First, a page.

Kent Archaeological Review extract
 

Fort Amhurst -- Chatham.
by Keith R Gulvin.

Fort Amherst, Chatham is currently under restoration by the Medway Military Research Group and the Royal Engineers, Chatham.

The Fort complex is one of the few surviving Napoleonic Fortresses in the country. The following History of the Fort is taken from the just published Guide to the Fort and researched over a period of six months.

DRAWING: sketch of the fort.

The beginnings of Fort Amherst came about when in 1715 a survey of defence requirements was ordered to be prepared by the Duke of Marlborough. In 1755 a Board of Ordnance planner, Mr High Debbig, designed a system of fortifications to defend the Yard, running from the Gun Wharf to enclose the village of Brompton and rejoin the river north of the Yard. These defences were of a regular line of earthwork bastions with a ditch and rampart. The ditch was 27 feet wide with a 9 foot parapet and 8 feet deep. This feature formed what is called an Enceinte. The construction work was supervised by Captain John Desmoretze of the Royal Engineers. The strong point of this fortified line was Amherst Redoubt which was to become the nucleus of Fort Amherst.

While construction work was in progress a Roman villa was uncovered, the site of this is now adjacent to the reservoir wall to the right of the Hornwork Casemate.

The fortifications became known officially as the Cumberland Line and had three gateways with bridges to cross the ditch; one of the gateways went past the Gun Wharf to Chatham, the second gave access to Gillingham through Brompton and the third was a sally port which looked out over the large expanse of open ground known as the Lines. The purpose of a sally port was that when the line was under siege, small raiding parties could make surprise attacks on the enemy encampment and fieldworks, then retire safely back into their own lines.

The armament of the Fort at this time was fourteen 42-pounders, ten 9-pounders, eight 6-pounders and two 4-pounder guns. There was a garrison of 14 gunners and three master gunners to look after the artillery.

DRAWING: Plan of the fort.

These works were completed in 1758; it is also to be noted in that year angry citizens of Chatham threatened to kill Captain Brisac, the Line Superintendent, because the Military Authorities would not allow the townspeople to play cricket or graze their livestock on the Lines, even though they had done so for a great many years.

In 1758 and 1762 the Board of Ordnance purchased more land to extend the fortifications.

Lt General Skinner in 1770 put forward a revised plan for the fortifications. This plan called for the existing lines to be extended to the site of St Mary's Creek, which meant the total length of the Line would be some two miles when completed. Amherst Redoubt was strengthened and a further series of batteries and redoubts added round it. This complex became known as Fort Amherst.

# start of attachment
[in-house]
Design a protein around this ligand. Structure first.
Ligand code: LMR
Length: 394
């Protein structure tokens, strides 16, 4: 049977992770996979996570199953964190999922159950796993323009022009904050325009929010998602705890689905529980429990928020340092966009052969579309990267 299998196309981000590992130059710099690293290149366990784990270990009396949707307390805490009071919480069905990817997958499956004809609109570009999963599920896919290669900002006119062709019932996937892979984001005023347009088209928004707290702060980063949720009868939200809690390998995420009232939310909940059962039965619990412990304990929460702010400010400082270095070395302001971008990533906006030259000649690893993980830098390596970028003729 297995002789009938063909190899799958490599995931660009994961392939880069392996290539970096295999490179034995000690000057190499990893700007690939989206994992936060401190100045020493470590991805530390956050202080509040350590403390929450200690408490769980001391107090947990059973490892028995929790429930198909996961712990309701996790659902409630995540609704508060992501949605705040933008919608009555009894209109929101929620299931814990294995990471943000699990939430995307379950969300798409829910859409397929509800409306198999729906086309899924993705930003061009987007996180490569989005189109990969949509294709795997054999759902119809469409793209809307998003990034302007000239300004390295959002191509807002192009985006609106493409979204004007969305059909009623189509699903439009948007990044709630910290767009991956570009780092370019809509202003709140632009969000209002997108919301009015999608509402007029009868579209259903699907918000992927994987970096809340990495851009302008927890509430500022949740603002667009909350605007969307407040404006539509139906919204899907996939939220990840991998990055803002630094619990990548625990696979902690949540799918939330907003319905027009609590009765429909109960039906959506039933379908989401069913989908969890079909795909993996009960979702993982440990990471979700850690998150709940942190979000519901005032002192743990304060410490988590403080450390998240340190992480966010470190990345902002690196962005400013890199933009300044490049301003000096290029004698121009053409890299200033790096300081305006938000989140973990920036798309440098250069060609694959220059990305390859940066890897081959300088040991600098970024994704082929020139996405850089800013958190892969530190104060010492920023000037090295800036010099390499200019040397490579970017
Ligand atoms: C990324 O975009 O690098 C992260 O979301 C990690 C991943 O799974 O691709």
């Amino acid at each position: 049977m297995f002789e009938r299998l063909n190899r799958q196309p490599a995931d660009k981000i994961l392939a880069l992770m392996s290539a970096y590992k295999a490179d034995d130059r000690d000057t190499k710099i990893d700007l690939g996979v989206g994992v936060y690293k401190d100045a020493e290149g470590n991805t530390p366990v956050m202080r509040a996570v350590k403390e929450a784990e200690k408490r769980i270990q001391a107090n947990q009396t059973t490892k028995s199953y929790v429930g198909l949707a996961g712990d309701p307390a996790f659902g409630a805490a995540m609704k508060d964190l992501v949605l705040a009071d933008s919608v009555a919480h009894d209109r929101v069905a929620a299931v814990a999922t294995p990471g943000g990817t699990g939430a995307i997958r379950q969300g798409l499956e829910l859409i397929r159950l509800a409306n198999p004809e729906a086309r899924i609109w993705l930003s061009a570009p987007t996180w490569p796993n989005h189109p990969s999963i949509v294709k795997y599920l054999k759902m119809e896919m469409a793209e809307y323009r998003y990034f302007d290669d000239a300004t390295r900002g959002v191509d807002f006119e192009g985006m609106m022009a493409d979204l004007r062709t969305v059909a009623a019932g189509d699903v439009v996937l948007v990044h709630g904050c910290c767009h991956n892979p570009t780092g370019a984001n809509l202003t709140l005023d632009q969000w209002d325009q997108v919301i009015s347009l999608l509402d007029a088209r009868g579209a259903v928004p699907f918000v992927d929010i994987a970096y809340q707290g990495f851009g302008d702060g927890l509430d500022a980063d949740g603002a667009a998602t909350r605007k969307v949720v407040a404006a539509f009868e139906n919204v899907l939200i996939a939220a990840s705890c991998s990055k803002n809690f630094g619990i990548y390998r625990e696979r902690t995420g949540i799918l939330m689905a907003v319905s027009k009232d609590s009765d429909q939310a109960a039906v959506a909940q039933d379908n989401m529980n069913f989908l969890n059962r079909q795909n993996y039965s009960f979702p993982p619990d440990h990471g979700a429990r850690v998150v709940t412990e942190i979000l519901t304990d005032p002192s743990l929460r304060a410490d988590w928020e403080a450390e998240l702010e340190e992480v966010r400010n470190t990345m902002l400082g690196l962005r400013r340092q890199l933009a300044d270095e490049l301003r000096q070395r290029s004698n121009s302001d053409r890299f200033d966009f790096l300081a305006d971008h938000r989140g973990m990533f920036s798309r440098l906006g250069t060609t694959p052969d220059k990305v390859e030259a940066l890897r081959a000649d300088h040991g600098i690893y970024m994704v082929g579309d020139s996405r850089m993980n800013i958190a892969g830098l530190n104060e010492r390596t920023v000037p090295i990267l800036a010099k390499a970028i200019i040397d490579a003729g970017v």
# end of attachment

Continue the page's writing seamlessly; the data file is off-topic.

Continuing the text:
Under Cornwallis Battery, which is the Eastern section of Fort Amherst, a vast network of tunnels and magazines was dug out of the chalk to provide stores and barracks for the Fort under siege. There were three tunnel entrances to the underground works below Cornwallis Battery in the Cave Yard by Kitchener Barracks. A further three entrances to the works were located in the Barrier Ditch below Fort Amherst. There were also three means of access on to the top of Cornwallis Battery.

A large casemated barracks was constructed at the Northern end of the Line, which was used to house the large army of convicts and prisoners who built the Fort and worked in the associated brickfields. This barracks became known as St Mary's Barracks and was in use until its demolition in the 1960's. Barracks and magazines were also constructed around Fort Amherst. These works were completed in 1779/82.

It was originally envisaged that the Lines would mount 190 guns and have a garrison of 700 men. The actual armament of the Fort in 1785, when Major Maurace, RA, submitted his survey of the English coastal defences was: 102 cannons and carronades. Later that year the armament was reduced to a single battery of twenty-three 9-pounder cannons on Prince William's Battery.

The other guns were dismounted and put into store at the Gun Wharf. The carriages were stowed away in a specially built shed in Fort Amherst. When the Napoleonic War broke out the armament of the Lines was quickly increased and a vast sum of money was spent on improving the fortifications. This work included revetting all the ditches and ramparts in brick, constructing new magazine facilities and extending the Lines to include Rochester, but this part of the scheme was only ever half completed. The majority of the work was carried out between 1803 and 1811. In 1803 a recommendation for the new armament for the Fort was made to improve the existing works and arm the new ones. The order was as follows: